Again with the anyways. I bring this up because out of the blue earlier today a buddy who has known about my various Mary things brewing calls up to pass along something he was told to pass along by an acquaintance of his friend. Did she call the Wedsworth? And I'm like, did I call the whozit? And he's like, did you call the Wedsworth? And I blinked at that linky and just about fell over.
I called the Wesdworth. Nice people. Very small place I'm thinking, based on this (reconstructed) exchange:
"Hello. I was told you have the Charles Russell drawing of Mary Fields available on a T-shirt. Is that true?"
"I'm the assistant librarian. I don't handle this. You let me go over to City Hall and see."
"I can call back. What time is good for you? I'm calling from Los Angeles. I think I'm a couple of hours behind you."
"Oh no. You just hold on."
She didn't push a hold button. She put the phone down on a table or something. Apparently, 'going to City Hall' meant walking across the room! I listened to two (possibly three) female voices and a male voice talk about something that (I think) had to do with permits, interspersed with a little everyday wrapping-it-up chit-chat. And when the male voice said goodbye and left, the assistant librarian voice explained that someone from California was on the phone. And I winced at hearing one of the other female voices say "no, we don't have that" as both voices moved closer to me on hold on the table. Then the new voice picked up the phone.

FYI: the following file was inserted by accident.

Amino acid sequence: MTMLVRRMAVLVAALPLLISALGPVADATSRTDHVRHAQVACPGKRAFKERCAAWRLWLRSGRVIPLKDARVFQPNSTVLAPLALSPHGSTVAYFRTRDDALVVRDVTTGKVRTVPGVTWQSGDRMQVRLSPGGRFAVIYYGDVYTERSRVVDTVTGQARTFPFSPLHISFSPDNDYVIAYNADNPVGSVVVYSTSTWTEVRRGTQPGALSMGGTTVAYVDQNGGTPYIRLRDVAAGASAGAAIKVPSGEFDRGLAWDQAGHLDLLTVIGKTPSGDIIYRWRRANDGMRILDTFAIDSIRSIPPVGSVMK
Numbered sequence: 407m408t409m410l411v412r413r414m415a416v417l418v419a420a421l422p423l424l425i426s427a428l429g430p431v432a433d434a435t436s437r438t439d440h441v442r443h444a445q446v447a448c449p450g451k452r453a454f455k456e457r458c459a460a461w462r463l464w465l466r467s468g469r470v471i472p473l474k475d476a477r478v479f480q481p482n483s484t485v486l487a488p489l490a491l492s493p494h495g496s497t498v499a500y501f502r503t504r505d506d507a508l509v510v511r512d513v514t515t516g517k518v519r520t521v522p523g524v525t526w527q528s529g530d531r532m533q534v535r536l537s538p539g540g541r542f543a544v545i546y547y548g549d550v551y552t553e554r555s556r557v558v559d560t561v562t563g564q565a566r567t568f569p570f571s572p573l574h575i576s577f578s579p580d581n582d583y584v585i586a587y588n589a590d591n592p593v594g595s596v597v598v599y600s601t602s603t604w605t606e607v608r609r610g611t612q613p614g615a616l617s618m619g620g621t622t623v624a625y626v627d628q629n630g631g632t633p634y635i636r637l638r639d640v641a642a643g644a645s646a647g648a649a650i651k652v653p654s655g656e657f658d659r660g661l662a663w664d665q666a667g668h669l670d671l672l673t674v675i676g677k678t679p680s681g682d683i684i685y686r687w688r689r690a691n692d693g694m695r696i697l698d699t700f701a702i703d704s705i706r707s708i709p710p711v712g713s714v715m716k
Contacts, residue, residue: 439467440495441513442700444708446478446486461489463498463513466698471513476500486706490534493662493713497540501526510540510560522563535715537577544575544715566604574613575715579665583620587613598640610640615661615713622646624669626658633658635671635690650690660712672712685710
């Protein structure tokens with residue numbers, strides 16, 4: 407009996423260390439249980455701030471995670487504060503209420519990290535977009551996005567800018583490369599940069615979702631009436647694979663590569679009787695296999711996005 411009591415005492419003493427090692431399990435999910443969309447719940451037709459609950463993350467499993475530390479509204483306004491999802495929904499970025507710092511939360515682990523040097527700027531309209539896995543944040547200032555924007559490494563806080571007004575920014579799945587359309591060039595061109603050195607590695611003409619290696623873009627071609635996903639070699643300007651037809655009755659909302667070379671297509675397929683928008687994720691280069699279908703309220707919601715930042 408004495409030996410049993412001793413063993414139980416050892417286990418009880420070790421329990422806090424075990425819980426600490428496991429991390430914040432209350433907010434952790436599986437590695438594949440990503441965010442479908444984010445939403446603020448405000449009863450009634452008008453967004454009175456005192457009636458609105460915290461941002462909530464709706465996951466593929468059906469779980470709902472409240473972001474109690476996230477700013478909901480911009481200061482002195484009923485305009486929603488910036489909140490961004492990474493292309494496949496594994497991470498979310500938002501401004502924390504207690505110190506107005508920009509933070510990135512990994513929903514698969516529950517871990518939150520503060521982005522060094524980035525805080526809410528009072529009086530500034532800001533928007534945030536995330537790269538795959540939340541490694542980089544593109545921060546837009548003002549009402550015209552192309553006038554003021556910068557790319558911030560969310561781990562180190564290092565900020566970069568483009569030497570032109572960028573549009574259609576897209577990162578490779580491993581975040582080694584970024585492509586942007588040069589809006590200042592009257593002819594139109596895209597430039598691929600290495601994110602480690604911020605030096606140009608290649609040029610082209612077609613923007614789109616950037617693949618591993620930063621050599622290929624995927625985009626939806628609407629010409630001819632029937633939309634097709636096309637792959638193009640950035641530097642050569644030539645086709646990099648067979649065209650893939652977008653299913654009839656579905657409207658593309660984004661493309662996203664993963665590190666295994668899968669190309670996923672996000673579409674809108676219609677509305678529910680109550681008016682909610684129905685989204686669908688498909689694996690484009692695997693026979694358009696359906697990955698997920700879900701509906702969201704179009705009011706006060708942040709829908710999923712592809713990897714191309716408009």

This new voice tells me they don't have T-shirts with the drawing.
What they have are prints.